Unfortunately the DjVu format is no longer well supported. It was better for viewing large maps online than any other file format available. Online viewing of large maps is now usually provided using server software that displays only a portion of the map at one time in your browser. I am not ready to set this up on railsandtrails yet. As time permits, I will be converting some .djvu files to PDF. Large PDF files should be downloaded to your computer and viewed with Adobe Acrobat Reader DC (not viewed in your browser)

My recommended solution is to use an image program that can view (and convert) .djvu files after they have been downloaded to your computer:

  • Windows: Irfanview - This is a full featured image viewer and editor for a large number of file formats. After the plugins are installed it can open djvu files. It has been available for Windows for many years and has always been free. Consider a donation to support continued development.
  • Mac: GraphicConverter - This is a full featured image viewer and editor for a large number of file formats. After the plugins are installed, it can open djvu files. It has been available for Mac for many years and is very reasonably priced. The developer, Thorsten Lemke, is very good about answering questions via email.

Because of the large number of options, these programs can sometimes be confusing to use. Take the time to read the instruction manual and play with the program.

Older information about DjVu...

Browser Note: The DjVu browser plug-in has been updated for 64-bit browser versions, if you are having problems, download the latest version. You may still have to use a 32-bit browser to view djvu files without downloading them. This is required for some multipage djvu documents on

The DjVu file format creates very small and easy to navigate files for viewing on the web. DjVu separates images into foreground (text and sharp lines) and background (color) information and compresses each part using the most effective algorithm for that part. It uses a wavelet technique originally developed by AT&T Labs that provides faster display than typical bit-mapped images.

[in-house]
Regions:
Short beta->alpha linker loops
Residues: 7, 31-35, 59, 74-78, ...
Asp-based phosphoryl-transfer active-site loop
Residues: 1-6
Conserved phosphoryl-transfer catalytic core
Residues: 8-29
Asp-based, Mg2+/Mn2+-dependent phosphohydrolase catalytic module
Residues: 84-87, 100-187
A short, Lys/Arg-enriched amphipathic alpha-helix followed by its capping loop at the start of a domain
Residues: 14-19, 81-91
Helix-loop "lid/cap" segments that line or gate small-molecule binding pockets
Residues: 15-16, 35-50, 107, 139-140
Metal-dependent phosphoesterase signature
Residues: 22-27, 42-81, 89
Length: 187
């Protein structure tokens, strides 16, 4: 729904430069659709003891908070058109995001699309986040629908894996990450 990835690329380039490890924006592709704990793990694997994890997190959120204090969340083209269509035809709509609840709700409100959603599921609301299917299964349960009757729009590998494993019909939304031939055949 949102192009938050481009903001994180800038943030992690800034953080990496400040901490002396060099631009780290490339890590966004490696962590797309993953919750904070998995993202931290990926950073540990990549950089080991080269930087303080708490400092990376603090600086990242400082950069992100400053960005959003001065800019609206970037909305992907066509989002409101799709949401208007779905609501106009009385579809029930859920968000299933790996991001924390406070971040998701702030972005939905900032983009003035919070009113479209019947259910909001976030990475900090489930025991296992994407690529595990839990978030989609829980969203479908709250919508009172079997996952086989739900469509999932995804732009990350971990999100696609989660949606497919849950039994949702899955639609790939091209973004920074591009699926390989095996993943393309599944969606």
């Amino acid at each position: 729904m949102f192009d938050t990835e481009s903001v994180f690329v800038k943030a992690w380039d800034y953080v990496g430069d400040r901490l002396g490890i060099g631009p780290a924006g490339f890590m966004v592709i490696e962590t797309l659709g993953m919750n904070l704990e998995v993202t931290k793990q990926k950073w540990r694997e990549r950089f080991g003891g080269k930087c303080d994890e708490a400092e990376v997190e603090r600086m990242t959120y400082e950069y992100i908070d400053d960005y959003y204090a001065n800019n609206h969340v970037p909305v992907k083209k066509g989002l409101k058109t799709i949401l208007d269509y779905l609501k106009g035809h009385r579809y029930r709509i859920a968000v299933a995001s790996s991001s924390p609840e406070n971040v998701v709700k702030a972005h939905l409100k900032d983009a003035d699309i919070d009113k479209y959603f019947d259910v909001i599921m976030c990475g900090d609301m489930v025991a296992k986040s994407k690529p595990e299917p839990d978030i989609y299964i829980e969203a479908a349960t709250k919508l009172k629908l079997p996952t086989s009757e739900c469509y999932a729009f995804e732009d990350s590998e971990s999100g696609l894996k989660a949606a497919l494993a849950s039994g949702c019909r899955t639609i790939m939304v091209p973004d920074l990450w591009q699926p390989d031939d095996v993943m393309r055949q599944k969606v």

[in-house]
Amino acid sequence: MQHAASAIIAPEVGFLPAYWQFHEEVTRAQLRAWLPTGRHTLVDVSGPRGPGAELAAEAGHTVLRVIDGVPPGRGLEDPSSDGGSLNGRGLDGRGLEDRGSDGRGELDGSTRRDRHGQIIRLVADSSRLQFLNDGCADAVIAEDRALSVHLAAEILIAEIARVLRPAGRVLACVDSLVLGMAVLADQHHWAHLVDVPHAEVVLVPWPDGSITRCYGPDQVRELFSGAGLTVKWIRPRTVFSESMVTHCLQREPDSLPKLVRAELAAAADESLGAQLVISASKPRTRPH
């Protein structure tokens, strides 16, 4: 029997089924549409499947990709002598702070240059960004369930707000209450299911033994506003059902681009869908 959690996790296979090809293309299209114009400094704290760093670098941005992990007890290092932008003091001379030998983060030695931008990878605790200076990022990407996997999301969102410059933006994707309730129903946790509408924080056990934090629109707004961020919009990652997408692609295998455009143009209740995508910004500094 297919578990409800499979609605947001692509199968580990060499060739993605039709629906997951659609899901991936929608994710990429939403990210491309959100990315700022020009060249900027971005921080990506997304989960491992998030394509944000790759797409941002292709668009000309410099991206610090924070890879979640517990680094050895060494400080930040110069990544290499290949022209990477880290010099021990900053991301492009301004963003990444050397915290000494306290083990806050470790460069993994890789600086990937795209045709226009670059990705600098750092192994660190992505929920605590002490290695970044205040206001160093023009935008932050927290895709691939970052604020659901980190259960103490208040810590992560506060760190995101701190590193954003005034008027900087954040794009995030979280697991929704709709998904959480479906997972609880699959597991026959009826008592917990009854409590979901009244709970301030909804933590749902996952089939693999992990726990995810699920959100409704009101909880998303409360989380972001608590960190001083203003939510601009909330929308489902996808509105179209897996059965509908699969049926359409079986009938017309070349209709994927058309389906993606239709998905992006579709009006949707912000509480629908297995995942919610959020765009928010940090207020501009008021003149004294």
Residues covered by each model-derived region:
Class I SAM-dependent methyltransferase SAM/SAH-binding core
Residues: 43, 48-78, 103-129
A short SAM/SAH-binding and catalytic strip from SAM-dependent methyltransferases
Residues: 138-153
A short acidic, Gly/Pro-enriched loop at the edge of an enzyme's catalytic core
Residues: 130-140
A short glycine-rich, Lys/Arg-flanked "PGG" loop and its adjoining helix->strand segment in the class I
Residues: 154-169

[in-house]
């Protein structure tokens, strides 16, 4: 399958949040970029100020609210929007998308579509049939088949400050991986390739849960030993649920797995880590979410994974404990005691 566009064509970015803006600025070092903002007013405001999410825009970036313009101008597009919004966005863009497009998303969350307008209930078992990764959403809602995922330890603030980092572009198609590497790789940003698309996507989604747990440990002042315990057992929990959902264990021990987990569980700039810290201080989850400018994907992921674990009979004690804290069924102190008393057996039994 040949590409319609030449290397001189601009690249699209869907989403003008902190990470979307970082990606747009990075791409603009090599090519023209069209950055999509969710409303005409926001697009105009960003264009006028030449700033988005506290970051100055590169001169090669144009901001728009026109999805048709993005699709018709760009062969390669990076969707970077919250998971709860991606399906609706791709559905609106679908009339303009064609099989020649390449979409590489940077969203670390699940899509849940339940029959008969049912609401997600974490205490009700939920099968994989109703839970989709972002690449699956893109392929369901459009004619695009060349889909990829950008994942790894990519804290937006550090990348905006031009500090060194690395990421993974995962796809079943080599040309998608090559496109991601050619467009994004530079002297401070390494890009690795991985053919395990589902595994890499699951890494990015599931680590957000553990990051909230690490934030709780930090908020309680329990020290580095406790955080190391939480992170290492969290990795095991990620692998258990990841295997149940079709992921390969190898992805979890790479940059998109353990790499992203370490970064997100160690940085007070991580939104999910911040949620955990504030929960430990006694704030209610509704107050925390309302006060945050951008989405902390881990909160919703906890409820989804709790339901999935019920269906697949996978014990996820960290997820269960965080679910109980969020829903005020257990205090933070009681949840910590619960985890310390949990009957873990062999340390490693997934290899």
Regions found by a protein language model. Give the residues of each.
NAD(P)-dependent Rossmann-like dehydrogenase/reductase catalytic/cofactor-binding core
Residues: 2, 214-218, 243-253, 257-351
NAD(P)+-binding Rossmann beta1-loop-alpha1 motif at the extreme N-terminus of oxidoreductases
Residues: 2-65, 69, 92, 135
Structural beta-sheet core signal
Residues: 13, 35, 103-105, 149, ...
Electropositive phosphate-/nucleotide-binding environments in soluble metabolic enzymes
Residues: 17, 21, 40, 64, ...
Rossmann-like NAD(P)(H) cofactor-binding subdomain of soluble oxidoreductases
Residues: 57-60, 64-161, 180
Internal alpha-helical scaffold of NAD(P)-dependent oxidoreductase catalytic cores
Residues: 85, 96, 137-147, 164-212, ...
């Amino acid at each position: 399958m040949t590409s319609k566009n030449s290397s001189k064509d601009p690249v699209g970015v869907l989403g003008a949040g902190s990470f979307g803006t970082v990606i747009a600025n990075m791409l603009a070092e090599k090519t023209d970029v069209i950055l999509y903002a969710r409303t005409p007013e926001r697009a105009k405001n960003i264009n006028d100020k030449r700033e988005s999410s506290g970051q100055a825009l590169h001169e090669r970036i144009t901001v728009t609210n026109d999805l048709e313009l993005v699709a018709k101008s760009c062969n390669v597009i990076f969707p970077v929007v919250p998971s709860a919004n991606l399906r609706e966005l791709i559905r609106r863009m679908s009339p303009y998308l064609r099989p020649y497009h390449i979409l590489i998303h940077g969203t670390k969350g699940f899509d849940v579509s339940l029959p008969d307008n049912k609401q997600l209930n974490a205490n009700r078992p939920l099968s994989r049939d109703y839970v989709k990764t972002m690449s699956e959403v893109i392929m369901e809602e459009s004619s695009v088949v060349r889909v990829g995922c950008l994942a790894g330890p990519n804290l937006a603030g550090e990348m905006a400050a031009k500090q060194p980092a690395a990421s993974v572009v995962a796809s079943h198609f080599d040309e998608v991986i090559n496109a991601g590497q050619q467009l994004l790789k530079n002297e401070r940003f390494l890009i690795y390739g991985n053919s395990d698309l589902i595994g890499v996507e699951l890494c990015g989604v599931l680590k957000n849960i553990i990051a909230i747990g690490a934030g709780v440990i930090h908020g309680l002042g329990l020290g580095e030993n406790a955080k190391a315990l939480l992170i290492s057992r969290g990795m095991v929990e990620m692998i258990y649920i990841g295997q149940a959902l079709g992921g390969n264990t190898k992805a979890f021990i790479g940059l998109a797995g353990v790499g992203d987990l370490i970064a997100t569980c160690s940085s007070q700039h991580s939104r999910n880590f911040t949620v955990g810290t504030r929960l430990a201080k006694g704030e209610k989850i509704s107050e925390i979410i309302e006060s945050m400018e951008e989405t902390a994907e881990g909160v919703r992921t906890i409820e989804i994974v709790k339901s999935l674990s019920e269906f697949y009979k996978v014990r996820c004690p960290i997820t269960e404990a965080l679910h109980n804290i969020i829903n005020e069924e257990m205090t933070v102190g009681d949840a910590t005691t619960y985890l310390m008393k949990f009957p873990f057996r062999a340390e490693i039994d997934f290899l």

To view DjVu images you must first install a free browser plug-in available for Macintosh, Windows and Linux/Unix operating systems from Caminova. Be sure to update your plug-in to the latest version.

DjVu has 4 formats. The scanned or clean formats generate very small files with sharp lines and blurred fill colors. Bitonal format generates small files with sharp black lines and no color. Photo format generates much larger files with sharp colors. You can view the foreground and background layers of DjVu scanned images separately by right clicking on the image and choosing View->Layer. Often readability and printing of text and line drawings can be improved by viewing the B&W layer. To be sure no pertinent information is lost before printing, view the background layer to see what is there.

To print DjVu images always use the DjVu print button (or right click on image and choose File->Print) rather than the browser's print button.You can print the section of the image currently displayed or the entire image.

To copy a portion of the image, right click on it and choose Selection->Select Region and draw a rectangle around the area you want to copy. Then right click and choose Selection->Copy. Then paste the selection into your document (Word, Powerpoint, etc.)

To save DjVu images for viewing, editing and printing off-line, click on the DjVu disk icon or right click and choose File->. You can Save Page As or Save Document As (DjVu). DjVu documents containing multiple pages can be saved as Bundled (one large file with all pages) or Indirect (one file for each page and an index file to order them for viewing).